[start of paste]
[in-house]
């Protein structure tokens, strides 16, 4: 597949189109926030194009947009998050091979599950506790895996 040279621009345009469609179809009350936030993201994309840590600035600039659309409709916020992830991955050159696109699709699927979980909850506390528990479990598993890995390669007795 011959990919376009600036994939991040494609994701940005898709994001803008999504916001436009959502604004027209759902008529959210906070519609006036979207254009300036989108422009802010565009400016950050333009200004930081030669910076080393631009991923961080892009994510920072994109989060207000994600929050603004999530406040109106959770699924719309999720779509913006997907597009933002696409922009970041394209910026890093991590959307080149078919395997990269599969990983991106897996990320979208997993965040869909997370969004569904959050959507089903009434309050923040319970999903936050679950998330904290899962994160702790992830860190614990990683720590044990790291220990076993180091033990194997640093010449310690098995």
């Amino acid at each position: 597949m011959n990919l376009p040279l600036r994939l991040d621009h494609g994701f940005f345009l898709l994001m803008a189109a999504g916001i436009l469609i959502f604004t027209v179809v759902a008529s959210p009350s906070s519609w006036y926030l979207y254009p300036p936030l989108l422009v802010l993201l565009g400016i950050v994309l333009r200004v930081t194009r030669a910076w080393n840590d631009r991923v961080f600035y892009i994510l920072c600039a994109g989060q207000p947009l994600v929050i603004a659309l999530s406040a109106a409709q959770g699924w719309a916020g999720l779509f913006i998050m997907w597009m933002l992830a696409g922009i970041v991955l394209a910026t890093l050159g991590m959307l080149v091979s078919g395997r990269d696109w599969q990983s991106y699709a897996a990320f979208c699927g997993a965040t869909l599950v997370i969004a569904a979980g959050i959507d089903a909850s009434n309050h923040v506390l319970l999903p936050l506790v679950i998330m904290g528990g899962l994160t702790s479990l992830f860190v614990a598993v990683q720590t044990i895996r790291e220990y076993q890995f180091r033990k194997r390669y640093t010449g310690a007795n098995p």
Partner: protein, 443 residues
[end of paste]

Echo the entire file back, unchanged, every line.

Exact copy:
[in-house]
């Protein structure tokens, strides 16, 4: 597949189109926030194009947009998050091979599950506790895996 040279621009345009469609179809009350936030993201994309840590600035600039659309409709916020992830991955050159696109699709699927979980909850506390528990479990598993890995390669007795 011959990919376009600036994939991040494609994701940005898709994001803008999504916001436009959502604004027209759902008529959210906070519609006036979207254009300036989108422009802010565009400016950050333009200004930081030669910076080393631009991923961080892009994510920072994109989060207000994600929050603004999530406040109106959770699924719309999720779509913006997907597009933002696409922009970041394209910026890093991590959307080149078919395997990269599969990983991106897996990320979208997993965040869909997370969004569904959050959507089903009434309050923040319970999903936050679950998330904290899962994160702790992830860190614990990683720590044990790291220990076993180091033990194997640093010449310690098995």
């Amino acid at each position: 597949m011959n990919l376009p040279l600036r994939l991040d621009h494609g994701f940005f345009l898709l994001m803008a189109a999504g916001i436009l469609i959502f604004t027209v179809v759902a008529s959210p009350s906070s519609w006036y926030l979207y254009p300036p936030l989108l422009v802010l993201l565009g400016i950050v994309l333009r200004v930081t194009r030669a910076w080393n840590d631009r991923v961080f600035y892009i994510l920072c600039a994109g989060q207000p947009l994600v929050i603004a659309l999530s406040a109106a409709q959770g699924w719309a916020g999720l779509f913006i998050m997907w597009m933002l992830a696409g922009i970041v991955l394209a910026t890093l050159g991590m959307l080149v091979s078919g395997r990269d696109w599969q990983s991106y699709a897996a990320f979208c699927g997993a965040t869909l599950v997370i969004a569904a979980g959050i959507d089903a909850s009434n309050h923040v506390l319970l999903p936050l506790v679950i998330m904290g528990g899962l994160t702790s479990l992830f860190v614990a598993v990683q720590t044990i895996r790291e220990y076993q890995f180091r033990k194997r390669y640093t010449g310690a007795n098995p």
Partner: protein, 443 residues